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4 May 2011 A plan for the polarimetric remote sensing of the oceans
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Polarimetry has the potential to greatly enhance the capabilities of visible and near-IR remote sensing systems. For remote sensing of the oceans, the passive polarimetric signal is a complicated function of solar angle and viewing geometry, along with the confounding effects of the atmosphere. The atmospheric polarization signal becomes dominant as the sensor altitude increases, and this can lead to complications with ground truth measurements. The purpose of this study is to investigate the combined effects of solar and viewing geometries and sensor altitude to determine a strategy for polarimetric remote sensing of the oceans. A polarimetric radiative transfer code is used to model the nature of polarized light in a coupled atmosphere-ocean system. Viewing geometries are examined to find the look angles and azimuth angles relative to the sun that provide the maximum information about the ocean. The effect of sensor altitude is shown for different aerosol and hydrosol types and concentrations. Finally, the complications of ground truth measurements will be discussed.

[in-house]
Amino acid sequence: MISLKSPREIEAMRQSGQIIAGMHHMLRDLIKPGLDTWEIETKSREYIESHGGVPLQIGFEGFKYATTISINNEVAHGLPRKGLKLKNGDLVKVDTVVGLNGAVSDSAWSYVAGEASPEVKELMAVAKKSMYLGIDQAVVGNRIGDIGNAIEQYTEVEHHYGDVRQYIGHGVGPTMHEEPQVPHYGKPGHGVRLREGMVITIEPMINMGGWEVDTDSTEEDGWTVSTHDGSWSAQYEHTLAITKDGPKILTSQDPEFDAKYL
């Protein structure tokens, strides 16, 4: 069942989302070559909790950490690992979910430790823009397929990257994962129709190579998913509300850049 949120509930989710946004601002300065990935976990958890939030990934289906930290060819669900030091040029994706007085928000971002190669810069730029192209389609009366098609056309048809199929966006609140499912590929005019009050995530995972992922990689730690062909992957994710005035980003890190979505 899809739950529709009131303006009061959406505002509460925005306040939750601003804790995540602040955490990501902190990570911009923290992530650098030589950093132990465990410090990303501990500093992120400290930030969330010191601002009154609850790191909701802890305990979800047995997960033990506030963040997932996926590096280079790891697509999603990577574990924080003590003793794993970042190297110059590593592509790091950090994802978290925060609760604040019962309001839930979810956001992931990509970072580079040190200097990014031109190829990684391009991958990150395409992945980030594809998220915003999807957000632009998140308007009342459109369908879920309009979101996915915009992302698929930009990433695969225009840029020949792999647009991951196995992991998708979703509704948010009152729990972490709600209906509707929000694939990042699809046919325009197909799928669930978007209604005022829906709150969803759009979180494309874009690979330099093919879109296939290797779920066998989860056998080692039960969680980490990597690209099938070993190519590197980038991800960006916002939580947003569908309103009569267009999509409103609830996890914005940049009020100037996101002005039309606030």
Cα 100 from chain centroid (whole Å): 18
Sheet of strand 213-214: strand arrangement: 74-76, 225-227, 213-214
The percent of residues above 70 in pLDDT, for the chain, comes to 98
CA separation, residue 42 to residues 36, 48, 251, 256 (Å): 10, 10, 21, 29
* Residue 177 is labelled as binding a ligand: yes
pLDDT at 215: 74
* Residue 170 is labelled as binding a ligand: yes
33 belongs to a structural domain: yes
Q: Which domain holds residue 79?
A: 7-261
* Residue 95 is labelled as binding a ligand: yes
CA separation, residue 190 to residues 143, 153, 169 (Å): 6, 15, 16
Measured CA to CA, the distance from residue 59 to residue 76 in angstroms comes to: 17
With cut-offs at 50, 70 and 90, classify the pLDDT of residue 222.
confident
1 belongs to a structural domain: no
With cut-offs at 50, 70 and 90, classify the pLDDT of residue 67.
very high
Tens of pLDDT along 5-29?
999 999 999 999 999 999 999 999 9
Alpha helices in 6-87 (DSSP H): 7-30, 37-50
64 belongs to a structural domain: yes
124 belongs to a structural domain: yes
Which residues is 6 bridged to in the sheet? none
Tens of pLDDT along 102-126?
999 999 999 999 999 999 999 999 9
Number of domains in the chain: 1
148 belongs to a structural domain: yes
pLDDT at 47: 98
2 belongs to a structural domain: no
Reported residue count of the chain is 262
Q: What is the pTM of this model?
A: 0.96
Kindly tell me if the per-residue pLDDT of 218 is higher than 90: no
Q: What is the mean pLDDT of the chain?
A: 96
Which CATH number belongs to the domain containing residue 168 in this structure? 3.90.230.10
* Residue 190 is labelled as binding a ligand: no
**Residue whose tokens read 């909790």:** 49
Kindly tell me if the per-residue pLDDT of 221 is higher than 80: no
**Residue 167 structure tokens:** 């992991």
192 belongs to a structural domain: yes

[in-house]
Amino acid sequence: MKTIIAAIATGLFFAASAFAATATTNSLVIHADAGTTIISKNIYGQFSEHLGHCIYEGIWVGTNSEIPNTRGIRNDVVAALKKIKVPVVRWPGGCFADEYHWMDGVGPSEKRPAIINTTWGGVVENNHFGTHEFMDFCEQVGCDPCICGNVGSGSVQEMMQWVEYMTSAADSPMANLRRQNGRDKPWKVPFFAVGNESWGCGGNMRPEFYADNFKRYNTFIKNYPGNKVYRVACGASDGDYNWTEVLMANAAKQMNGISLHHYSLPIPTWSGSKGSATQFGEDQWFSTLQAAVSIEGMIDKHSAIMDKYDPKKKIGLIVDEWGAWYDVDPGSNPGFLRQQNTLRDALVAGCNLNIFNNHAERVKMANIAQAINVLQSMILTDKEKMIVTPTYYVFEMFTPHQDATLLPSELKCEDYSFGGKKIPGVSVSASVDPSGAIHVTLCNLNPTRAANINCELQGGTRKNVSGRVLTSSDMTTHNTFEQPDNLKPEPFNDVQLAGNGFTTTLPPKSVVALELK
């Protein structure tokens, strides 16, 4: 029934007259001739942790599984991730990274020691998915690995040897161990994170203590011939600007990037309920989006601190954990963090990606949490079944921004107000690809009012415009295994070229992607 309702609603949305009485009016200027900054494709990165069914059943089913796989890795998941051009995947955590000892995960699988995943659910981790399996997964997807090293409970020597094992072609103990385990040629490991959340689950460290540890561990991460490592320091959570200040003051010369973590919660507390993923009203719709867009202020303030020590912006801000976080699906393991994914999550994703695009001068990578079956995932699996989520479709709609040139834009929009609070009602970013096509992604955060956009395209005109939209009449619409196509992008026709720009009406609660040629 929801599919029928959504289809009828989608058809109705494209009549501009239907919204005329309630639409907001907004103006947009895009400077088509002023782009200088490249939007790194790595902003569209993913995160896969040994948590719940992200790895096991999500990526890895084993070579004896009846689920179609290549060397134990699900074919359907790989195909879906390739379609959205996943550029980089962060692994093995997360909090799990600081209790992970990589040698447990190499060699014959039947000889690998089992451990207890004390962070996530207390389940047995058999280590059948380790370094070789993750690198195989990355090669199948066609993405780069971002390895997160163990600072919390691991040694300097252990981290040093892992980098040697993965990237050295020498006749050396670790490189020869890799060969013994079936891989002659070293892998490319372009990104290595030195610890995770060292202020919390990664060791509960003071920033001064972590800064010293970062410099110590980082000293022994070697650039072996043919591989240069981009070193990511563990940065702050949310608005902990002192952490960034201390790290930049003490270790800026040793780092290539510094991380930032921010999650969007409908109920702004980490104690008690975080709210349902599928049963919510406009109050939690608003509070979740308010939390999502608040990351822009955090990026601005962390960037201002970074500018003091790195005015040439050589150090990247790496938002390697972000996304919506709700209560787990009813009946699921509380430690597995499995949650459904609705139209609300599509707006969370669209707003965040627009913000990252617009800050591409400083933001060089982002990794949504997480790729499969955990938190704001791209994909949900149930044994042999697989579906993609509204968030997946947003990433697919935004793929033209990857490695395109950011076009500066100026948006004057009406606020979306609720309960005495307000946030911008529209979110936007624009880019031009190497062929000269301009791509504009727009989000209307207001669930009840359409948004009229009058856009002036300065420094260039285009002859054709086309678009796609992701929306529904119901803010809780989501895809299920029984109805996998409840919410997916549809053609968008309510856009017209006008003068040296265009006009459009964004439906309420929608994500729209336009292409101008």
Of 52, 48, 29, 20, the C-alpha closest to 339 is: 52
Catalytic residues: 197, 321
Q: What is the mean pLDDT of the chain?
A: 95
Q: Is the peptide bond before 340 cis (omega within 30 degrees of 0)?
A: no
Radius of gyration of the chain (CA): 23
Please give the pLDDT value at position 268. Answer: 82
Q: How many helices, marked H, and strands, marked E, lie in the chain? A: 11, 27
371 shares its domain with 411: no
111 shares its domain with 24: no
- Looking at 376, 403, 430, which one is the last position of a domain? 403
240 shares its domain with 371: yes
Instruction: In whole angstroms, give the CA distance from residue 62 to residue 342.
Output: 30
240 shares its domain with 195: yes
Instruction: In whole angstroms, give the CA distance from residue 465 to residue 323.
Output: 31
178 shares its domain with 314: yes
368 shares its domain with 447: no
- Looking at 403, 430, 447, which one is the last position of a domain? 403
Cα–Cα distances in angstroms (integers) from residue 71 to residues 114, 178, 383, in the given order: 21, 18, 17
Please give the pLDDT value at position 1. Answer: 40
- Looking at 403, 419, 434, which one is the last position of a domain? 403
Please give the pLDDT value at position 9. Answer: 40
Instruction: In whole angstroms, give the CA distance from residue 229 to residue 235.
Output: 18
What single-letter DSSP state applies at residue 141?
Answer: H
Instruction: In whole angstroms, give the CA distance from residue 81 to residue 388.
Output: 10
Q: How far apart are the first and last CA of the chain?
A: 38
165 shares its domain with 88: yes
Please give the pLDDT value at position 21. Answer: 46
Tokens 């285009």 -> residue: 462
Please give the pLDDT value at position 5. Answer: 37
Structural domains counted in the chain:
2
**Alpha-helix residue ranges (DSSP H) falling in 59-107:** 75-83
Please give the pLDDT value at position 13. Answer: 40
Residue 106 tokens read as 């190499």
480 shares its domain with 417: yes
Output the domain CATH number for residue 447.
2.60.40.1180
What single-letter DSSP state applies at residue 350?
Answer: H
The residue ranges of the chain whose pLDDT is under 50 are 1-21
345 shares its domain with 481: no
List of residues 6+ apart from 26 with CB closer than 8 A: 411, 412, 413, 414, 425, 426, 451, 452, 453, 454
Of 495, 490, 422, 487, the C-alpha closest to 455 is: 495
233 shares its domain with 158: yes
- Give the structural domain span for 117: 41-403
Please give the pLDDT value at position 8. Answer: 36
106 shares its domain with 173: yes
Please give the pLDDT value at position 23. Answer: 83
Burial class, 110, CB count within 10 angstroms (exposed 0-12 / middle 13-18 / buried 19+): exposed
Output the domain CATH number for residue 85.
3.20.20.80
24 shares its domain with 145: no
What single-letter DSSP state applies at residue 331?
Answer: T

© (2011) COPYRIGHT Society of Photo-Optical Instrumentation Engineers (SPIE). Downloading of the abstract is permitted for personal use only.
Deric J. Gray "A plan for the polarimetric remote sensing of the oceans", Proc. SPIE 8030, Ocean Sensing and Monitoring III, 803006 (4 May 2011);


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